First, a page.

In 2014, LinkedIn bought Bright.com, a job search startup that had developed algorithms for parsing and extracting competencies from résumés and job descriptions. Eventually, Craig suggested, LinkedIn will ask its individual members to allow it to use that technology to pluck out competencies based on their professional experience. (The social network had long ago begun that work with its skills and expertise endorsements that currently appear on individual profiles.)

As Craig explained, LinkedIn will be able to create competency profiles based on the skill sets and other qualities possessed by the tens of thousands of members who already have a particular kind of job. On the member side, somebody who is interested in developing his or her career or doing a career change will be able to turn to LinkedIn to identify the gaps "between where you are and where you need to be."

People will remediate those deficiencies not by getting a four-year degree, Craig said, but by pursuing "a series of short discreet learning experiences — courses, assessments, MOOCs and so on."

In other words, LinkedIn is well positioned to help employers identify the best candidates for a given job opening and to help job seekers figure out what they need to do to get the jobs they want. At some point, Craig expects the company will also have ties to providers of those learning experiences.

Unbundling in higher education will happen, he predicted, "when the fidelity of the signal that employers receive from a competency marketplace is better than the signal they're getting today from degrees."

Institutions Remain Unconvinced

Not every college or university will lose out to the competency marketplace, however. Craig said that for the foreseeable future "elite universities" are safe. Students raised in the "hothouse environment" of a Yale or Harvard or Stanford will continue to flourish in the job market.

But not so with everybody else. Institutions that want to survive, Craig insisted, will need to "differentiate, distinguish, innovate in terms of programmatic areas, connection with employers [and] modes of delivery — but also in terms of what the actual product is." Increasingly, it will be something shorter and "easier to complete" than a four-year degree."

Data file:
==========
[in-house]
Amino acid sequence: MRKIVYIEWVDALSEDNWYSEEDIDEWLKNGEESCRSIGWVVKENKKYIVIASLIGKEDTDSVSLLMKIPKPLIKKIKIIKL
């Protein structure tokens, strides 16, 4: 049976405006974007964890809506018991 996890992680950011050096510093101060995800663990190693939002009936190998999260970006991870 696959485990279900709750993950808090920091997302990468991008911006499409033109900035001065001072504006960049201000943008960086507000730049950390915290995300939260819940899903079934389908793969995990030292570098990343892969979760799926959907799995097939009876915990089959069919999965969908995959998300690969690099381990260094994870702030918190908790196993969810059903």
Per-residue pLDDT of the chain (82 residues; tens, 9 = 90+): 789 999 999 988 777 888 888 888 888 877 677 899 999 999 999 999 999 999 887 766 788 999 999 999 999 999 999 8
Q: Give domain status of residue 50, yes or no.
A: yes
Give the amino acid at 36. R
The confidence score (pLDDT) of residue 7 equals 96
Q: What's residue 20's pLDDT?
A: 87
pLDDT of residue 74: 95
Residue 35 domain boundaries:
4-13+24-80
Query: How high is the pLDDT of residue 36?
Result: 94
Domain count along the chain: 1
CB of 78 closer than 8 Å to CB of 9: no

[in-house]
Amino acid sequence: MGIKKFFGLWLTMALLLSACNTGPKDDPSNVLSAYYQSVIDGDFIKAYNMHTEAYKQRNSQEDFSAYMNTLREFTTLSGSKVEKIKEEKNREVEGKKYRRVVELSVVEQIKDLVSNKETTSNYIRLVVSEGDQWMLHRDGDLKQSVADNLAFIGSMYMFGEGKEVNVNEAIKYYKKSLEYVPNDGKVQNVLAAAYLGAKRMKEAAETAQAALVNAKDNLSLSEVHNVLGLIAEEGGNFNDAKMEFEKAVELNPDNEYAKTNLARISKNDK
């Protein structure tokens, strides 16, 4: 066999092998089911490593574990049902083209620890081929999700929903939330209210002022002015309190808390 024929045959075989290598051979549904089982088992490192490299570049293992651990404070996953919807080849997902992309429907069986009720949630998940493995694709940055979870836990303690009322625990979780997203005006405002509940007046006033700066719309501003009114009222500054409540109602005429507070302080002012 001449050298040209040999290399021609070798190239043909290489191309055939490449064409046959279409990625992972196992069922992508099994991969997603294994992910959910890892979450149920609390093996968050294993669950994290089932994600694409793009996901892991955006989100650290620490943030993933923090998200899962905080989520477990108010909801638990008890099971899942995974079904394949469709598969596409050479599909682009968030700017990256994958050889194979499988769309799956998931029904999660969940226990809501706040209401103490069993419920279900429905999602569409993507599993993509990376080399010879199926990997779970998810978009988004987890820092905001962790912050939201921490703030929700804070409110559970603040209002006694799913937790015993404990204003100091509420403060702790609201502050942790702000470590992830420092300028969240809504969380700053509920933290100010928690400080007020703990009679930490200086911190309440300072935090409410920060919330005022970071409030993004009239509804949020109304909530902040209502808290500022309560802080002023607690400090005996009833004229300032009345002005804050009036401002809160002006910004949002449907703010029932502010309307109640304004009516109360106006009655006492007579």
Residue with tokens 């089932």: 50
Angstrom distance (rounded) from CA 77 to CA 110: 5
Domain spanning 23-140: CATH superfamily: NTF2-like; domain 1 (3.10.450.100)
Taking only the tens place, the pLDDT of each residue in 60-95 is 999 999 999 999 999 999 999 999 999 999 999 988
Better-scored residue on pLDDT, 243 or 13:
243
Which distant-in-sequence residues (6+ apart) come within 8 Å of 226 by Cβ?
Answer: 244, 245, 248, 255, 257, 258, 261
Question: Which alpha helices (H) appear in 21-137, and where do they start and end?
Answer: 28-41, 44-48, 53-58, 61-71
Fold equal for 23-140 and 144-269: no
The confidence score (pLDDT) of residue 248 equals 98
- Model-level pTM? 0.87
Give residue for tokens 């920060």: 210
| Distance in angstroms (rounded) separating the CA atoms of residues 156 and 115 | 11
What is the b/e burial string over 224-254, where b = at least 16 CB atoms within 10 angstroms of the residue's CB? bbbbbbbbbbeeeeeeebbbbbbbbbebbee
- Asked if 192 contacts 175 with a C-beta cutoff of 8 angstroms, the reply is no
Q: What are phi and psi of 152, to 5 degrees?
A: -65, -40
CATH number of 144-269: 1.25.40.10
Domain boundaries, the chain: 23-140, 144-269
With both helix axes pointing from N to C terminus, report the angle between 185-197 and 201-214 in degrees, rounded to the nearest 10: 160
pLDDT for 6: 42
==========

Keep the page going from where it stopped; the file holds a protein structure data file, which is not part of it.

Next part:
In particular, those schools that can somehow co-opt the ownership of meta-data related to a person's competencies will be in an excellent position to keep a student as a "customer for life" by recommending continuing education at strategic points in his or her career.

Craig recently emceed a panel at a LinkedIn education event that featured representatives from two of those "elite" universities — Duke and the University of North Carolina — and the for-profit Kaplan University.

Of the three, Kaplan came off as sounding like the closest fit for the unbundled world of education. According to Tere Traub, an executive director, Kaplan's students are older and predominantly female; they're working; they may be single parents; and they either want to get promoted on the job or change careers. Her university has already instituted the competency model to teach its students skills around such areas as teamwork and communication. "Our obligation is to teach the students how to think, because ultimately, things are changing so quickly," said Traub during the panel discussion. "If you can't adapt, you're not going to survive, no matter what you're being taught."

The reps from the two elite institutions weren't convinced that unbundling was a foregone conclusion for any kind of school. One argument against a competency marketplace, noted Michael Schinelli, chief marketing officer at the U North Carolina Business School, was that competencies will be ever-evolving. "When someone gets into their 10th, 15th, 20th year where they're in their prime earning years, to model their entire educational experience on competencies we have now is a risk." Better, he said, to remember that college in all of its variations and layers is meant to help students learn how to think. "If you learned how to think, that's the best equipped graduate we can produce."

The other argument came from Elizabeth Hogan, associate dean in Duke's School of Business: Work is about more than mastering a set of competencies and plying it for the highest ROI. "What's the definition on return on investment? There are certainly lots of MBAs that think their ROI is starting salary. There are lots of other MBAs in the Peace Corps who are there to help." The job of the Dukes of the world — and any other university — is to "create knowledge and make the world a better place," she said. "In the sense that we're continuing to make that work for the many different flavors of students who want to come to Duke, that's where we'll be focused."

Craig is unfazed. As he told the LinkedIn audience, "Degrees are essentially a version of enterprise software. The way enterprises bought software five, 10 years ago, you had to buy a huge package that some would call 'bloatware.' You would spend hundreds of thousands of dollars on it. You'd have huge annual maintenance fees. But you bought it once. Well, we have a product that people buy once. It's called a degree."

comments powered by Disqus

Campus Technology News

Sign up for our newsletter.

I agree to this site's Privacy Policy.